It's not a trick question, it's not an accusation, it's not big words, it's asking you to state your opinion.
                      Well, let me put it this way. There are those who will claim that all the improvements in all aspects of the UK's existence that have occurred since joining the EU are to be attributed to membership of the EU. There will also be those that claim that any detrimental affects that they feel that the UK has suffered since joining the EU are also attributed to the EU.

                      Let me give you one example of the first situation.

                      The dualling of the A465 from Neath to Abergavenny has been partially funded by the EU. EU supporters claim that this shows the benefit to Wales of EU membership. However, they fail to realise that the whole plan had been drawn up well before the UK had joined the EU, and the very first stage from Neath to Aberdulais was completed roughly at the same time that the UK joined the EU. So work had started some time earlier.

                      My father in law had been the deputy engineer of the local council in Neath and he stated that the route of the M4 through the Neath area had been pencilled in during the 1930's. It wasn't until the 1990's that it was completed. So many of the major infrastructure plans had been drawn up well prior to the UK joining the EU and would have to have been costed. So how much of the membership fees of the EU would have been allocated to these projects if we hadn't joined, remains to be seen.

                      For the second situation,
                      Some in Wales are blaming the demise of many of our industries on membership of the EU. Yes, some have been transferred to EU countries, but Ford's recent announcement to close the Bridgend engine plant is based purely on cost. The Mexican engine plant is already geared up to produce the engines and at much lower cost. Ford moved the production of UK market Fiestas to Valencia in Spain for the same reason. I'll come back to this later.

                      However, it's interesting to note that although Wales has apparently been a major beneficiary of EU membership, the majority of people in Wales voted to leave.

                      I don't believe that many believed the propaganda put out by both sides. Those that I've discussed the issues with had a wide variety of reasons for voting the way they did.

                      It's a very emotive issue.

                      However, just a little history.

                      When De Gaulle was alive, he continuously vetoed our attempts to join the Common Market, as it was then called. Some commentators of my age group now believe this was related to the large discrepancy in our costs compared with France particularly. I was only interested in motor bikes and girls in the 1960's and had little political interest, so can only look at the issues from a historical point of view. The relative cost of living in France was roughly the same as here, except that their average salaries were substantially higher than ours and so were their costs. Travelling on the continent was always more expensive than here, even in Spain. I keep saying that the cost of a Jaguar MK2 in the 1960's was the same as an imported Renault tin can. Some claim that our products were inferior quality to EU offerings, but I counter that with the example of Dacias today. They sell well because they are cheap.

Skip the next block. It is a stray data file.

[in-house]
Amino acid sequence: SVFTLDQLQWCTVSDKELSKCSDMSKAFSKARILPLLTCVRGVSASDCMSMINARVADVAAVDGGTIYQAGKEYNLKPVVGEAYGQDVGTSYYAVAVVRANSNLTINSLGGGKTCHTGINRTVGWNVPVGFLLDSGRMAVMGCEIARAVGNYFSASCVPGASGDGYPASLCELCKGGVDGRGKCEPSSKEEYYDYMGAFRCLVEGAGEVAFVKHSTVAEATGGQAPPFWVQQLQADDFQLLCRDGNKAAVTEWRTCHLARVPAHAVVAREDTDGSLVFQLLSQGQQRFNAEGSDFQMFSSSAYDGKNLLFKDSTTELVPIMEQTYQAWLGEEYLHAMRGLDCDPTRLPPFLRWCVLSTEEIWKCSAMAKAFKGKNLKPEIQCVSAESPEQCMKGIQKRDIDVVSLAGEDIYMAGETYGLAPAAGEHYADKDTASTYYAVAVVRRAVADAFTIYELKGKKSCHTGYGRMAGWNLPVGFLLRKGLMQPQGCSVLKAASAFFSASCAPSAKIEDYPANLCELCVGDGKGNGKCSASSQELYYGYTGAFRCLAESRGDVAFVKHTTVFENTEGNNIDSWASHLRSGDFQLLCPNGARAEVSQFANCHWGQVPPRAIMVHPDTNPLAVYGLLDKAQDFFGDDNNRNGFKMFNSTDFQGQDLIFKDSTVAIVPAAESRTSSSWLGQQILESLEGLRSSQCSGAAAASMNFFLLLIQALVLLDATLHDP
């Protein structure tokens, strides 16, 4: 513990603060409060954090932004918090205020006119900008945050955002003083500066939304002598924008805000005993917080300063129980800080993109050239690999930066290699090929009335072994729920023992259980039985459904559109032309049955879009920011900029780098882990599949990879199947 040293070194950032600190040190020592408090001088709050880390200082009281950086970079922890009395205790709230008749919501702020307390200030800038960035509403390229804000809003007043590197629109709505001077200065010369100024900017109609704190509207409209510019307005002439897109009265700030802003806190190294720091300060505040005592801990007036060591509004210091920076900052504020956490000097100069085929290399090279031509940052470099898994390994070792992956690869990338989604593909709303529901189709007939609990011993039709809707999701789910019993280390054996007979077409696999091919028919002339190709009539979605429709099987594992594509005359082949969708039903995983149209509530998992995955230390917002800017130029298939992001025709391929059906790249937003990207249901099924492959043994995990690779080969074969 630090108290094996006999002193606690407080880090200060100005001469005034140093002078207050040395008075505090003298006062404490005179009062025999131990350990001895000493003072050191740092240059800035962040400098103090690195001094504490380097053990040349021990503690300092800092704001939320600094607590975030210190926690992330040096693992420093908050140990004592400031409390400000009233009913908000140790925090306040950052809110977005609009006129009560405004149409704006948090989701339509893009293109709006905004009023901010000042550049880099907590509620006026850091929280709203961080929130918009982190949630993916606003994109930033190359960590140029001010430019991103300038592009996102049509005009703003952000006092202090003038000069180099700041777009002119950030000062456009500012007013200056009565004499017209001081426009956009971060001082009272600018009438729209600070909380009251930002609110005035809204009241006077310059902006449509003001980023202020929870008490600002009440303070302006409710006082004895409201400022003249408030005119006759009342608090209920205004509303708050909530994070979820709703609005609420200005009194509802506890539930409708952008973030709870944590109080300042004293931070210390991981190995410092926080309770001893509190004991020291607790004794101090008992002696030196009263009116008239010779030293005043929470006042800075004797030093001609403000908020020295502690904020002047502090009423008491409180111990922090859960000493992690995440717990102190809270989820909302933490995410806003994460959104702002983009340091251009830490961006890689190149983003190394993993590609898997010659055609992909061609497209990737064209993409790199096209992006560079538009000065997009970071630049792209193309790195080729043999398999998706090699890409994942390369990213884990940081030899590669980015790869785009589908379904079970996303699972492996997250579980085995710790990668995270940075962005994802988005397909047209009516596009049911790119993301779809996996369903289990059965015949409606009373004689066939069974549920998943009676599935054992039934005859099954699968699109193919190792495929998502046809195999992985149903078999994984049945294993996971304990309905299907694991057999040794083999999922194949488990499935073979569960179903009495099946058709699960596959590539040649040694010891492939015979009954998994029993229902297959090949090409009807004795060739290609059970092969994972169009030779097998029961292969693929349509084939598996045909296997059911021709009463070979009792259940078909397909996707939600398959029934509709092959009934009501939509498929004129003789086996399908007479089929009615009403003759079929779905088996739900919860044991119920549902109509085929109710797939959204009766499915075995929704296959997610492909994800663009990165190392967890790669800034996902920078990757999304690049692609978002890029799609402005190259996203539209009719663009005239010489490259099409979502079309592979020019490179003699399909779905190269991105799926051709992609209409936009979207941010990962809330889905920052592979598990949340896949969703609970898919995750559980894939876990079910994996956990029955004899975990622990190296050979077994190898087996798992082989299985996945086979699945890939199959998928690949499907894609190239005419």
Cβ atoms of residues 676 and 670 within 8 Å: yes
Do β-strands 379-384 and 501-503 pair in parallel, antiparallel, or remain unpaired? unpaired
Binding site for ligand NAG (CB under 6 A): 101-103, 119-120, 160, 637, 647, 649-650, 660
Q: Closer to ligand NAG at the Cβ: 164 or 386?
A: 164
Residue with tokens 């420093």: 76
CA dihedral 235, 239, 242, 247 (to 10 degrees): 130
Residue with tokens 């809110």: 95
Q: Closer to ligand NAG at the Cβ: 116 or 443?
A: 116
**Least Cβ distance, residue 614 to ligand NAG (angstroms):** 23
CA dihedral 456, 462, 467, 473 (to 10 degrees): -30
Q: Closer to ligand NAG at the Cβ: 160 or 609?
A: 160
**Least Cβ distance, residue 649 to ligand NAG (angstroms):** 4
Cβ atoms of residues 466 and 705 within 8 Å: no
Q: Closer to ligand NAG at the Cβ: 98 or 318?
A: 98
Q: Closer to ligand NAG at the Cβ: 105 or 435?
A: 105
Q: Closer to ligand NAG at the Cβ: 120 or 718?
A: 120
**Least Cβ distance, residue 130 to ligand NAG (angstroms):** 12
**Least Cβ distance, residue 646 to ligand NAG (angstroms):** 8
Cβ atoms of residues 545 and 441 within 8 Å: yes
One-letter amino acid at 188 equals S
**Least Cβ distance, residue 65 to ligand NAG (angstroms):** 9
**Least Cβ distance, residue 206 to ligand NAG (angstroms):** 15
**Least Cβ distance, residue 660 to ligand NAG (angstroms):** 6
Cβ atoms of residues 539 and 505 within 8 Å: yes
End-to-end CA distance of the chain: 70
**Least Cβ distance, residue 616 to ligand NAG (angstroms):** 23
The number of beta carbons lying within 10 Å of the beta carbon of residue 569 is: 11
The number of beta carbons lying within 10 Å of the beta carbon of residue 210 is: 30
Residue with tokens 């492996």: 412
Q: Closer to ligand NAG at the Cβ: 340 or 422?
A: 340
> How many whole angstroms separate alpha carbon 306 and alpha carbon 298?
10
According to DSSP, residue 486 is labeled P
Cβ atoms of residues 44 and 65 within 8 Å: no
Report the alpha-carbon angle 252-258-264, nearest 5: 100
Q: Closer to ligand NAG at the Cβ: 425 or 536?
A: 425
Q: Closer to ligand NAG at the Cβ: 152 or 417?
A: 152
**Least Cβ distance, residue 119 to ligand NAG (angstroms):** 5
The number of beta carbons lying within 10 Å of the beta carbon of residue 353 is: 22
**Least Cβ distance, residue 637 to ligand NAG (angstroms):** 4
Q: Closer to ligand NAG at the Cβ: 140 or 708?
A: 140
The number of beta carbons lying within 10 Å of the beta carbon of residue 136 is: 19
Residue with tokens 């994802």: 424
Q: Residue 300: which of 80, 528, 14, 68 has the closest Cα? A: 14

I saw the discrepancy whilst touring Holland in the early 1970's. We met up with a family and one member also worked in IT and although our roles were different, he was a programmer and I was an operations manager, his salary was more than twice what mine was. However, his costs of living were also much higher.

                      So if we had joined in the 60's with our level of prices and costs, then the French particularly, because of their proximity, would have flooded over here buying up our goods, to the detriment of the French position. Much the same as we buy Chinese goods now and many flock to France for cigs and wine.

                      So in order to bring our wages/salaries and costs up to roughly the same level as the EU, our HMG introduced decimalisation of our currency. Many were enthusiastic, including myself, but failed to realise that the minimum increase in price would be 2.4 times more than previously. This led to rapid inflation, about 29% at its height. As things began to stabilise, coincidentally, we then joined the EU.

                      We were sold the idea that joining the "Common Market" would be good for trade and living standards. We had already signed up to EFTA. However, there was no mention of the controlling aspect of the EU. This was kept from us, although the government was fully aware of the long terms plans for the EU. If the populace had been fully informed of these plans, some commentators claim that the UK would not have voted to join the EU.

                      So even if you believe that the conclusions and opinions are suspect, the economic facts of 1960's life in the UK are hard to counter.

                      Prior to joining the EU, we had purchase tax, which was only levied on luxury goods. If you wanted to buy a hammer or anything consumable, there was no tax on these items. However, when the UK joined the EU, VAT was introduced. Thus putting up prices on every day commodities. However, income tax was 33% in those days and only 20% now as we know. It could be argued that VAT is better, because it allows a certain level of choice. However, with it being more widely applied, this is questionable.

                      So, what I'm trying to convey is that as far as Brexit is concerned, there is a wide variety of viewpoints and my judgement is that most people will have voted in an emotive way and not necessarily based on any economic understanding of the consequences. I guess many wouldn't have considered the Irish situation. Also remember that a large percentage of people didn't vote at all, so Brexit is of no concern to them and they may believe that their lives and fortunes might not change however the remainder might have voted.

                      I hope I've answered your questions, and I'd welcome a reply and further debate devoid of any abusive statements.